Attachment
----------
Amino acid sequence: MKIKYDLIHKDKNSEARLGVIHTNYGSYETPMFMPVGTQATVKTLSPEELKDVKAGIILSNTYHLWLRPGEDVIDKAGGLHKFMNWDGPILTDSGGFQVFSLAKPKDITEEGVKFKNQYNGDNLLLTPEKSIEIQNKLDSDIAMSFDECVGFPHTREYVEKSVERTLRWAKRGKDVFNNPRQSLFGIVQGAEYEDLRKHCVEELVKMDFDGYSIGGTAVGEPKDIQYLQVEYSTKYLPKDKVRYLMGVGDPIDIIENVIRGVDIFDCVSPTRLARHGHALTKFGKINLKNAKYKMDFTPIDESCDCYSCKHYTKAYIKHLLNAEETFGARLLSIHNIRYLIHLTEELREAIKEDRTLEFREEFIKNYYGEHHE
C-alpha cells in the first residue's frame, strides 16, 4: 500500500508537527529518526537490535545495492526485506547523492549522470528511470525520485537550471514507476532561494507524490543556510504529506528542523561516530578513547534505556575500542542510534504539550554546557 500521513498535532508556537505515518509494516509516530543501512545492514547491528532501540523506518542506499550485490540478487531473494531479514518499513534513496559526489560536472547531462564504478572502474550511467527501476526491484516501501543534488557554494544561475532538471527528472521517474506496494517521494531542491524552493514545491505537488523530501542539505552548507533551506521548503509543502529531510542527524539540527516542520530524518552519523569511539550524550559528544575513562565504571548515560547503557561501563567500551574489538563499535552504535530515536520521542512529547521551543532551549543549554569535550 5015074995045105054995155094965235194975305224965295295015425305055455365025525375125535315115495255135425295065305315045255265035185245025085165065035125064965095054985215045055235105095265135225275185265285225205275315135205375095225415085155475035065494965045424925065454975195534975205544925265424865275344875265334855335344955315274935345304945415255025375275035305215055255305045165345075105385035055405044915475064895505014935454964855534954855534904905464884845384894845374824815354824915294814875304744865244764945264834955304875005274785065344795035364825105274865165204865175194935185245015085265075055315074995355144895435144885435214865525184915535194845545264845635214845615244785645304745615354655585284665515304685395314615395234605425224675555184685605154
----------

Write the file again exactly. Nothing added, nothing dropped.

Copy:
Amino acid sequence: MKIKYDLIHKDKNSEARLGVIHTNYGSYETPMFMPVGTQATVKTLSPEELKDVKAGIILSNTYHLWLRPGEDVIDKAGGLHKFMNWDGPILTDSGGFQVFSLAKPKDITEEGVKFKNQYNGDNLLLTPEKSIEIQNKLDSDIAMSFDECVGFPHTREYVEKSVERTLRWAKRGKDVFNNPRQSLFGIVQGAEYEDLRKHCVEELVKMDFDGYSIGGTAVGEPKDIQYLQVEYSTKYLPKDKVRYLMGVGDPIDIIENVIRGVDIFDCVSPTRLARHGHALTKFGKINLKNAKYKMDFTPIDESCDCYSCKHYTKAYIKHLLNAEETFGARLLSIHNIRYLIHLTEELREAIKEDRTLEFREEFIKNYYGEHHE
C-alpha cells in the first residue's frame, strides 16, 4: 500500500508537527529518526537490535545495492526485506547523492549522470528511470525520485537550471514507476532561494507524490543556510504529506528542523561516530578513547534505556575500542542510534504539550554546557 500521513498535532508556537505515518509494516509516530543501512545492514547491528532501540523506518542506499550485490540478487531473494531479514518499513534513496559526489560536472547531462564504478572502474550511467527501476526491484516501501543534488557554494544561475532538471527528472521517474506496494517521494531542491524552493514545491505537488523530501542539505552548507533551506521548503509543502529531510542527524539540527516542520530524518552519523569511539550524550559528544575513562565504571548515560547503557561501563567500551574489538563499535552504535530515536520521542512529547521551543532551549543549554569535550 5015074995045105054995155094965235194975305224965295295015425305055455365025525375125535315115495255135425295065305315045255265035185245025085165065035125064965095054985215045055235105095265135225275185265285225205275315135205375095225415085155475035065494965045424925065454975195534975205544925265424865275344875265334855335344955315274935345304945415255025375275035305215055255305045165345075105385035055405044915475064895505014935454964855534954855534904905464884845384894845374824815354824915294814875304744865244764945264834955304875005274785065344795035364825105274865165204865175194935185245015085265075055315074995355144895435144885435214865525184915535194845545264845635214845615244785645304745615354655585284665515304685395314615395234605425224675555184685605154